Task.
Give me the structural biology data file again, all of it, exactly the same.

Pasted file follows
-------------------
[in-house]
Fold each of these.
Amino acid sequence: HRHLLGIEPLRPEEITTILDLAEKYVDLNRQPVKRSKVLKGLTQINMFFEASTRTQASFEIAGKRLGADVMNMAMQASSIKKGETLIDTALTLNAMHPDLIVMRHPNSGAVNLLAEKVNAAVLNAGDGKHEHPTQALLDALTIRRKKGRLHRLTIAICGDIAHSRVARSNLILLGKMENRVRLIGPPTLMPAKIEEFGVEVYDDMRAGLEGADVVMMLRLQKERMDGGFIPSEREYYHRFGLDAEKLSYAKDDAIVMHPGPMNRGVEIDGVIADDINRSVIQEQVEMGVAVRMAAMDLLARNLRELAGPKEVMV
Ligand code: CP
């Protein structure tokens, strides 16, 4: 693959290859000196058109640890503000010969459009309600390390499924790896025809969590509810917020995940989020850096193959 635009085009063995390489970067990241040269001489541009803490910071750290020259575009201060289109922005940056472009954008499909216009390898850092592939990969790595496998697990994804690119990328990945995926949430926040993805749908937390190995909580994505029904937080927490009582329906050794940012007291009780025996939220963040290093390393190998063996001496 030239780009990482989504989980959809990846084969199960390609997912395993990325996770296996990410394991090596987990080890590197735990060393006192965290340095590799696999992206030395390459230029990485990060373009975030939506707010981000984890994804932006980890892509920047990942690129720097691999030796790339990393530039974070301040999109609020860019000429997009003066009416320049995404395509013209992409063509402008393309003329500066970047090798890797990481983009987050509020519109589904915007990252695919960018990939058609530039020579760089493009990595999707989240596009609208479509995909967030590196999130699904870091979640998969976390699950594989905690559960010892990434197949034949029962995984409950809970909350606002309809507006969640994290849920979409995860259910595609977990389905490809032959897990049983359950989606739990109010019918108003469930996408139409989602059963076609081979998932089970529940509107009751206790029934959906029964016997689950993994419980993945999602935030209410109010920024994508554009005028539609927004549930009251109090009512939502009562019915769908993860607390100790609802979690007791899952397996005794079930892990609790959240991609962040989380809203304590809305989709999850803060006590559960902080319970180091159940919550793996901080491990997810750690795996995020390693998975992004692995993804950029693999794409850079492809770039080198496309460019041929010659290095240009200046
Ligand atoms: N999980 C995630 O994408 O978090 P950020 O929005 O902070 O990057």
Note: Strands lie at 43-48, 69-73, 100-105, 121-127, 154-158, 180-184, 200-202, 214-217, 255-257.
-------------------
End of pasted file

[in-house]
Fold each of these.
Amino acid sequence: HRHLLGIEPLRPEEITTILDLAEKYVDLNRQPVKRSKVLKGLTQINMFFEASTRTQASFEIAGKRLGADVMNMAMQASSIKKGETLIDTALTLNAMHPDLIVMRHPNSGAVNLLAEKVNAAVLNAGDGKHEHPTQALLDALTIRRKKGRLHRLTIAICGDIAHSRVARSNLILLGKMENRVRLIGPPTLMPAKIEEFGVEVYDDMRAGLEGADVVMMLRLQKERMDGGFIPSEREYYHRFGLDAEKLSYAKDDAIVMHPGPMNRGVEIDGVIADDINRSVIQEQVEMGVAVRMAAMDLLARNLRELAGPKEVMV
Ligand code: CP
């Protein structure tokens, strides 16, 4: 693959290859000196058109640890503000010969459009309600390390499924790896025809969590509810917020995940989020850096193959 635009085009063995390489970067990241040269001489541009803490910071750290020259575009201060289109922005940056472009954008499909216009390898850092592939990969790595496998697990994804690119990328990945995926949430926040993805749908937390190995909580994505029904937080927490009582329906050794940012007291009780025996939220963040290093390393190998063996001496 030239780009990482989504989980959809990846084969199960390609997912395993990325996770296996990410394991090596987990080890590197735990060393006192965290340095590799696999992206030395390459230029990485990060373009975030939506707010981000984890994804932006980890892509920047990942690129720097691999030796790339990393530039974070301040999109609020860019000429997009003066009416320049995404395509013209992409063509402008393309003329500066970047090798890797990481983009987050509020519109589904915007990252695919960018990939058609530039020579760089493009990595999707989240596009609208479509995909967030590196999130699904870091979640998969976390699950594989905690559960010892990434197949034949029962995984409950809970909350606002309809507006969640994290849920979409995860259910595609977990389905490809032959897990049983359950989606739990109010019918108003469930996408139409989602059963076609081979998932089970529940509107009751206790029934959906029964016997689950993994419980993945999602935030209410109010920024994508554009005028539609927004549930009251109090009512939502009562019915769908993860607390100790609802979690007791899952397996005794079930892990609790959240991609962040989380809203304590809305989709999850803060006590559960902080319970180091159940919550793996901080491990997810750690795996995020390693998975992004692995993804950029693999794409850079492809770039080198496309460019041929010659290095240009200046
Ligand atoms: N999980 C995630 O994408 O978090 P950020 O929005 O902070 O990057």
Note: Strands lie at 43-48, 69-73, 100-105, 121-127, 154-158, 180-184, 200-202, 214-217, 255-257.